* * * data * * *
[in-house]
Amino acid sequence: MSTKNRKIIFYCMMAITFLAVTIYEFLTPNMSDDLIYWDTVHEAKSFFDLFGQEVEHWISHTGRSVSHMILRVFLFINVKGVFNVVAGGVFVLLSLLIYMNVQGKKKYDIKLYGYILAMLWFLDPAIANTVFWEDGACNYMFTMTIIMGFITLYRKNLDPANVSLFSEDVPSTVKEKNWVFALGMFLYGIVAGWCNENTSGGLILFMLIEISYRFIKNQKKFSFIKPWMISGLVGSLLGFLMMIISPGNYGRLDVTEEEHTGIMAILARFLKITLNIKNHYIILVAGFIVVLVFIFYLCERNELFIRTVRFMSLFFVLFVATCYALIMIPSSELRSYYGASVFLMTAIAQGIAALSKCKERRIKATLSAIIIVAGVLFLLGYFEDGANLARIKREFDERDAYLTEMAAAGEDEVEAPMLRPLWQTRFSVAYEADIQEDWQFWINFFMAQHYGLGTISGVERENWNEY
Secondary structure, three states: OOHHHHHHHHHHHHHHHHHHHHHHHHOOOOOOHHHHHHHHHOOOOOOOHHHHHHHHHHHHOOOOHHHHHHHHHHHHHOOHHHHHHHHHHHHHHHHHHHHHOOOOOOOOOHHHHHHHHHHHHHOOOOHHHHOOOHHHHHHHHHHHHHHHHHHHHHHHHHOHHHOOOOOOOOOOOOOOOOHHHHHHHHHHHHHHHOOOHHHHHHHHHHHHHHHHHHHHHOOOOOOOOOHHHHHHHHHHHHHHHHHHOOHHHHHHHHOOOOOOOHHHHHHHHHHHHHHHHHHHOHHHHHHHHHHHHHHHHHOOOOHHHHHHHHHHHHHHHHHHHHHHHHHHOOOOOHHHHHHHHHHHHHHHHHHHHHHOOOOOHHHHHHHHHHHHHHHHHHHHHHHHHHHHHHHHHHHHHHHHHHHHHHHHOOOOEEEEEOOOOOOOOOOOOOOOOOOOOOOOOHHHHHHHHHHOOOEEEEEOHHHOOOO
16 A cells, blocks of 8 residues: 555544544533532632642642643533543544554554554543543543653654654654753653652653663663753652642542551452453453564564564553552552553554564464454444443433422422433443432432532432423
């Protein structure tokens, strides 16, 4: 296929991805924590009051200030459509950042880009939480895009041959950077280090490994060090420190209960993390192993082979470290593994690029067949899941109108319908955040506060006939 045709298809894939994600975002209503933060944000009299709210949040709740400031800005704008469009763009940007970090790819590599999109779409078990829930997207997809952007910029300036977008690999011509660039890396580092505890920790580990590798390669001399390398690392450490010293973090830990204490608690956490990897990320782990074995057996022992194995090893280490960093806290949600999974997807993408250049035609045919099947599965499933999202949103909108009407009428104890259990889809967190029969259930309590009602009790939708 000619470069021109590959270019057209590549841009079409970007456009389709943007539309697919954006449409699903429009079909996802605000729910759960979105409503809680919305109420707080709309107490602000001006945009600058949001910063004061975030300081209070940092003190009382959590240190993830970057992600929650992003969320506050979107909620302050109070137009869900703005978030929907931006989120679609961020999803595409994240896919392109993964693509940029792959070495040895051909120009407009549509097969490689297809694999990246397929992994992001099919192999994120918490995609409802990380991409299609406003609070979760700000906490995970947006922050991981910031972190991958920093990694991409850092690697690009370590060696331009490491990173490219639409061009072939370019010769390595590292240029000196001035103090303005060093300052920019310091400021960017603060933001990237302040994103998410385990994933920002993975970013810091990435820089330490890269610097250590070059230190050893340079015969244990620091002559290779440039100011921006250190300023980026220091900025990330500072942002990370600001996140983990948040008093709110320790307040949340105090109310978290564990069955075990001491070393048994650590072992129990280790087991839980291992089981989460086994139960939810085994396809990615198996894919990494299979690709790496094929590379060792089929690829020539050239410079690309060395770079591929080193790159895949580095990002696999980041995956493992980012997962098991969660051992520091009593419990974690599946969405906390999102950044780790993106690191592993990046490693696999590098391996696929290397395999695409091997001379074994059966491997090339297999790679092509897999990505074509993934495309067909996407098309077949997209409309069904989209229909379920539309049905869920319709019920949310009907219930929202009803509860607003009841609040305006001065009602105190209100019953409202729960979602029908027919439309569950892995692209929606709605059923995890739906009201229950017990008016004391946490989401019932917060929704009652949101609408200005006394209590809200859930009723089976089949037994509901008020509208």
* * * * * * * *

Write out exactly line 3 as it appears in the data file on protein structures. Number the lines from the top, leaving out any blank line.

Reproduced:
Secondary structure, three states: OOHHHHHHHHHHHHHHHHHHHHHHHHOOOOOOHHHHHHHHHOOOOOOOHHHHHHHHHHHHOOOOHHHHHHHHHHHHHOOHHHHHHHHHHHHHHHHHHHHHOOOOOOOOOHHHHHHHHHHHHHOOOOHHHHOOOHHHHHHHHHHHHHHHHHHHHHHHHHOHHHOOOOOOOOOOOOOOOOHHHHHHHHHHHHHHHOOOHHHHHHHHHHHHHHHHHHHHHOOOOOOOOOHHHHHHHHHHHHHHHHHHOOHHHHHHHHOOOOOOOHHHHHHHHHHHHHHHHHHHOHHHHHHHHHHHHHHHHHOOOOHHHHHHHHHHHHHHHHHHHHHHHHHHOOOOOHHHHHHHHHHHHHHHHHHHHHHOOOOOHHHHHHHHHHHHHHHHHHHHHHHHHHHHHHHHHHHHHHHHHHHHHHHHOOOOEEEEEOOOOOOOOOOOOOOOOOOOOOOOOHHHHHHHHHHOOOEEEEEOHHHOOOO